Charlotte Streck is the director of Climate Focus, an organisation that develops policies and advocates for the reduction of greenhouse gases. In 2015, Streck directed Sinfonía Trópico, an initiative that invited artists to work through art to consider climate change across Colombia.
Streck visited the Chocó Base and her experiences are found in the text Washed up on the sea, which is an account of her experiences there. It is published in Better Than.
Washed up on the sea
By Charlotte Streck
Gauchalito, September 2014.
CASTAWAY OF THE CONSUMER SOCIETY
I stand on the beach and my trousers are drenched. Heftily swaying on these Southern sea waters, the tiny ferryboat that brought me here had dropped me on the beach along with a novel, a volume of poetry, several mobile phones, a computer, a torch, three t-shirts, two pairs of trousers, and a ridiculously large supply of makeup.
FIRST DAY: HIGH TIDE
My senses apprehend the sea, the whales far away, the beach, and the rainforest. The rainforest that stretches its hand out to the sea; the rainforest from which chirping, squeaking, creaking, pounding, and whistling sounds emerge to lend rhythm and melody to the murmuring sea.
FIRST DAY: LOW TIDE
The night descends, and the darkness that surrounds me is so deep and dense that it seems to enclose the world. The clouds hide the stars from me.
In the city, the night is always another version of the day. Here, the night leaves me no option and I crawl under the mosquito net. The concert of the rainforest and the sea continues, but at night it is enriched with different odours. Sporadically, I can hear the sound of a coconut falling to the wet ground.
SECOND DAY: HIGH TIDE
I walk along the beach, captivated by the sea, fascinated with the rainforest. So green, all this greenery. It never ends. The tree trunks offer their body for more vegetation; each one is beautifully decorated. Flower diadems and leaf necklaces: this is how the forest adorns itself.
However, this forest is not inviting, it leaves no room for a walk; you cannot see through it, you cannot walk through it. The richly decorated and uninvit- ing façade is at the same time an impermeable curtain that excludes, it ap- pears dark and uncanny.
SECOND DAY: LOW TIDE
None of my mobile phones has reception. There is no network. There is no music, which has become otherwise omnipresent. There is no television, no air conditioning; there are no windows, and anything that could protect us from this indiscrete, shamelessly intrusive nature is missing, just as there are no signs of the world of artificial lighting, which has made us independent from day and night cycles.
THIRD DAY: HIGH TIDE
There is a contrast between the world of artificial abundance I come from and this union of the sea and the rainforest. Here, I am not a consumer, I cannot be a user. Nobody offers me something I don ́t want or need.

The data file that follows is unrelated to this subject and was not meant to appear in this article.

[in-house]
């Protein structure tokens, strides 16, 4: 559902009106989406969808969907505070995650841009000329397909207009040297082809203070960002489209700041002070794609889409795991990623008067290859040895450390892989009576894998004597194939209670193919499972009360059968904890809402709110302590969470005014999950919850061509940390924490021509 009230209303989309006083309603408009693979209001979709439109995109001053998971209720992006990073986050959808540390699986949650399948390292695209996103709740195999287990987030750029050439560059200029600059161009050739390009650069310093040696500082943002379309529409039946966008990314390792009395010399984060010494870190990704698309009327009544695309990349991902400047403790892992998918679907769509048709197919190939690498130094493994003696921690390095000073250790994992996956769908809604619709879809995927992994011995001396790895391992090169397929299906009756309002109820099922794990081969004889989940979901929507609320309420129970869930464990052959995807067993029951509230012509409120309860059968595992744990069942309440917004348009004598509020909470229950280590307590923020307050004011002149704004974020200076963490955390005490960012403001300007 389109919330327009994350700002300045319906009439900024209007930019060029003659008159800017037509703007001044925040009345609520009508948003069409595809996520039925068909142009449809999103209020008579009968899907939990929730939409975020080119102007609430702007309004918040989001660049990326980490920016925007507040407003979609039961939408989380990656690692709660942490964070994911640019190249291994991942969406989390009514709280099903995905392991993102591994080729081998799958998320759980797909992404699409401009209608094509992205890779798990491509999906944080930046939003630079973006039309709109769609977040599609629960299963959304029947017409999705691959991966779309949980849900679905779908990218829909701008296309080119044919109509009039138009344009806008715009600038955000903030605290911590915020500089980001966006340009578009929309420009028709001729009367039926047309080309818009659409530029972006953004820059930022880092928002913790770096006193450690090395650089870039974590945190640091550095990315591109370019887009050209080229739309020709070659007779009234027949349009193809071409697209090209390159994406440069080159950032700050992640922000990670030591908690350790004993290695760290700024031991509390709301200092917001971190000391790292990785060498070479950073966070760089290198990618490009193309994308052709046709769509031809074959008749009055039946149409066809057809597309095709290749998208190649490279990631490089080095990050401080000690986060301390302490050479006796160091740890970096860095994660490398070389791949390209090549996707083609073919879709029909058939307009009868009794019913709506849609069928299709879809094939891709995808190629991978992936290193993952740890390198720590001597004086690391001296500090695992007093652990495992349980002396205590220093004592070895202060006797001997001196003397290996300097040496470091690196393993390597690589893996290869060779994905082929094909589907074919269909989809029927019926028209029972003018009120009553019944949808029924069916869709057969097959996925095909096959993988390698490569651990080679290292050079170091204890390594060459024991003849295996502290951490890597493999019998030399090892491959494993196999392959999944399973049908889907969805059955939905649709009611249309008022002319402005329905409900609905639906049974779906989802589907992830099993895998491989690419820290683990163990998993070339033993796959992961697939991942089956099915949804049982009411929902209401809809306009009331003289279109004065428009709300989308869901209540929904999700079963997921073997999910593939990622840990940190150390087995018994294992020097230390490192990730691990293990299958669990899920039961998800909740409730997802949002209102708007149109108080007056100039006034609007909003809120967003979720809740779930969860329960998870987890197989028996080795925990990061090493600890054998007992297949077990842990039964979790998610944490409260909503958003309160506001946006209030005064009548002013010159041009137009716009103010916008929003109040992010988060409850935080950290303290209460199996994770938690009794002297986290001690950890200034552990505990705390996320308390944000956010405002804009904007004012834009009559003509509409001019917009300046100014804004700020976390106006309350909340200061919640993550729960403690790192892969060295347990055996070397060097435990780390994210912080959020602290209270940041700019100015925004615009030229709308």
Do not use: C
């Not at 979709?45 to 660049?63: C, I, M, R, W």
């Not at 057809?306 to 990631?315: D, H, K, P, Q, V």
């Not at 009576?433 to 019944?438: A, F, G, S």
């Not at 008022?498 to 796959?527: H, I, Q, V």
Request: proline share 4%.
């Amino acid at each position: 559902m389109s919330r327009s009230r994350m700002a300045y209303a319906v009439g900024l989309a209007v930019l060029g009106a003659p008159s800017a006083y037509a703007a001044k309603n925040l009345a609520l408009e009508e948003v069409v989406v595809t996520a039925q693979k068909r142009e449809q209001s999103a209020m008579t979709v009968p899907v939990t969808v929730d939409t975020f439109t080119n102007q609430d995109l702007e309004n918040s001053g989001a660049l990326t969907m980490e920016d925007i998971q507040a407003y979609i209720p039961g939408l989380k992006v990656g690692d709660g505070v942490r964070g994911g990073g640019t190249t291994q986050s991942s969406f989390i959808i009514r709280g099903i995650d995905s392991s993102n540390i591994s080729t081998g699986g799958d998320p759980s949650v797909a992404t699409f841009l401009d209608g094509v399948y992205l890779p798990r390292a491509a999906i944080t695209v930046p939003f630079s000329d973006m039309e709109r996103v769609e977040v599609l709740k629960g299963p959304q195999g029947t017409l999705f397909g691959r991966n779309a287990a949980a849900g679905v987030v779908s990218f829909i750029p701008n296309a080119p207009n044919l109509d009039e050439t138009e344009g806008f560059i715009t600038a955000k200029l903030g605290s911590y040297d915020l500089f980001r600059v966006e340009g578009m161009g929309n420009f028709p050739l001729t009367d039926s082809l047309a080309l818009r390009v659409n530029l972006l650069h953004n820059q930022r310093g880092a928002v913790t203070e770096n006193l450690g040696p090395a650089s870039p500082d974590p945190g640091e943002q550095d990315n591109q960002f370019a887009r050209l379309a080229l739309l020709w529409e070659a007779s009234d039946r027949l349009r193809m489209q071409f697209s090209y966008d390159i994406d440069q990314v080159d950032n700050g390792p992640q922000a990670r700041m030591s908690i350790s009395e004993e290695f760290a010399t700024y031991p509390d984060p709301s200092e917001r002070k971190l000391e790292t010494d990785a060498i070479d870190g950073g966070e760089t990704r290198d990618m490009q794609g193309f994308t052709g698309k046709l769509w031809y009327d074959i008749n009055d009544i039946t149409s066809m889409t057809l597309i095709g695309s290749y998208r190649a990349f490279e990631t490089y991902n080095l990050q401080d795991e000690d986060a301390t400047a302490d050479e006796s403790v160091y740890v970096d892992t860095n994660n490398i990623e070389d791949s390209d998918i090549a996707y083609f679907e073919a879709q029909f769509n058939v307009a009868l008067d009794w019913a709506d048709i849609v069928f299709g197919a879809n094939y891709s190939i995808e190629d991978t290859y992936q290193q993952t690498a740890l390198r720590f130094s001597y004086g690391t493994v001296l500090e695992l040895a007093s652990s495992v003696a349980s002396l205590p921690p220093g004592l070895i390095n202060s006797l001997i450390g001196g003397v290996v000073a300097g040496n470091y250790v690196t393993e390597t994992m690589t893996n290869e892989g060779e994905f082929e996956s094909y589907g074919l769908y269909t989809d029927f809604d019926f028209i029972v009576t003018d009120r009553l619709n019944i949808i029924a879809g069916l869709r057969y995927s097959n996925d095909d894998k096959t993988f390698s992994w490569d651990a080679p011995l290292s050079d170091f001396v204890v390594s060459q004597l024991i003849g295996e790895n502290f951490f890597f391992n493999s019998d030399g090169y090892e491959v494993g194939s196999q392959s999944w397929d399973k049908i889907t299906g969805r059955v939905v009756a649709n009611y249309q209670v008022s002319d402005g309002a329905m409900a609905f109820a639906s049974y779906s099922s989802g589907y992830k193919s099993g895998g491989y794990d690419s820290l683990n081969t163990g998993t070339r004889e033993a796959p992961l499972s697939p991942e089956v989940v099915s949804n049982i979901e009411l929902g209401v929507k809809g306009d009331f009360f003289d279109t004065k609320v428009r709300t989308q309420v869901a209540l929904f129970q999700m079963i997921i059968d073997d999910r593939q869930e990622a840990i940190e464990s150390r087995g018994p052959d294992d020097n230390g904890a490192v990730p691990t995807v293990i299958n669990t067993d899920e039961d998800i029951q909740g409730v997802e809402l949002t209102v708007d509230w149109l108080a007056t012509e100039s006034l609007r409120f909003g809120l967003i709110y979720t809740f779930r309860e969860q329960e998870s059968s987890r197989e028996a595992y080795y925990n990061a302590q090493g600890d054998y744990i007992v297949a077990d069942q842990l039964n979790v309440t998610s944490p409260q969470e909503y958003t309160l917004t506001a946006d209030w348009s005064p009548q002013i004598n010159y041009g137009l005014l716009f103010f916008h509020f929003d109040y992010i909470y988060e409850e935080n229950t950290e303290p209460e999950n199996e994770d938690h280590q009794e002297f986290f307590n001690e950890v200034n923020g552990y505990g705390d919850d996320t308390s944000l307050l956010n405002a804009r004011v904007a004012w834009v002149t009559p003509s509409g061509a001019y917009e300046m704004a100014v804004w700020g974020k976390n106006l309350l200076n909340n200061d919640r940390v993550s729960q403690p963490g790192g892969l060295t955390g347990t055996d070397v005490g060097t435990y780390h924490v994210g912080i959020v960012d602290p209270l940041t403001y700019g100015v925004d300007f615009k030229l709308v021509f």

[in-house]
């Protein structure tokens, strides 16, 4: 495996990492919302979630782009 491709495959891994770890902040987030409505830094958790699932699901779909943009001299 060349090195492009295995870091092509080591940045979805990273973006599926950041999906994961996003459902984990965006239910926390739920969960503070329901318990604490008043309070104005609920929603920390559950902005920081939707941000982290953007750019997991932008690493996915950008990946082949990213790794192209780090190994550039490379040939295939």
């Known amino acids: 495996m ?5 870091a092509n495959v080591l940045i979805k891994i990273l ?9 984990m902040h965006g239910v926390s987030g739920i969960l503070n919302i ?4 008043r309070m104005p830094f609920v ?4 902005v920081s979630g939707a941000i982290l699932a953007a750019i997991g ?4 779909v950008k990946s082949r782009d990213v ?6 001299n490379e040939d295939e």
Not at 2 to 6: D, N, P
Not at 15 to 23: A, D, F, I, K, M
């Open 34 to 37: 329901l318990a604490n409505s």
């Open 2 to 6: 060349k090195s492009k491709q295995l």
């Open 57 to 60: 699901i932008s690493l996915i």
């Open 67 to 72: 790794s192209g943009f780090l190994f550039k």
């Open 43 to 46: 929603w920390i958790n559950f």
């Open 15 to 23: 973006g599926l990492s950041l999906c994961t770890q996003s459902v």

Nature rebels against the systemic imbalance of the consumer society and challenges the economic law of permanent discontent.
Here, equilibrium is not equivalent to recession. The rainforest and the sea are so finely adjusted that they can fulfil all needs, and each one and everything has its place, its function.
THIRD DAY: HIGH TIDE
I am the foreign substance here. The lack of information is irritating. Is there anyone here who can tell me about the wars in the world? Where is the weather report to inform me when it is going to stop raining? They don’t even have a tide table. I find it confusing not knowing what is happening. I have to go down to the beach to know how high the tide is. I have to wait until this endless rain stops. Anything I cannot perceive which my eyes, my ears, my nose remains distant and unknown.
FOURTH DAY: HIGH TIDE
The rainforest must be chopped down to make way for more fields. The cows need space, more space. Here we find him as well, the predator cattle grower.
Protecting the rainforest is my vocation. I publish articles and deliver lectures and yet everything remains distant and alien to me. My love for the forest is an abstract love. Without the sensation, the smell, the mosquitoes that eat up my ankles and my wrists. But, what do I know.
FOURTH DAY: LOW TIDE
At last I got used to the fact that seven o’clock in the evening is ten o’clock and that half past eight is midnight. Time to turn off the torch.
FIFTH DAY: HIGH TIDE
I read poems and I have the peace of mind to enjoy them. I whoop, dance, grieve, and cry. I cannot find the solution to environmental problems in this place. Nature is too close, too demanding; it confuses my body.
FIFTH DAY: LOW TIDE
Everything seems to be in equilibrium, except human beings. They get food from the sea and from their gardens, they fish sustainably, eat what they can get and hardly produce any waste. This sounds idyllic but it is actually due to poverty. The idyll sinks in mud, the houses are just shacks and the state hand-outs hardly reach this place.
SIXTH DAY: RETURN
The boat is here again. I am going back to my world, to loving the rainforest in my abstract way, and I am looking forward to at last being able look up on the Internet the weather report for Gauchalito in Chocó.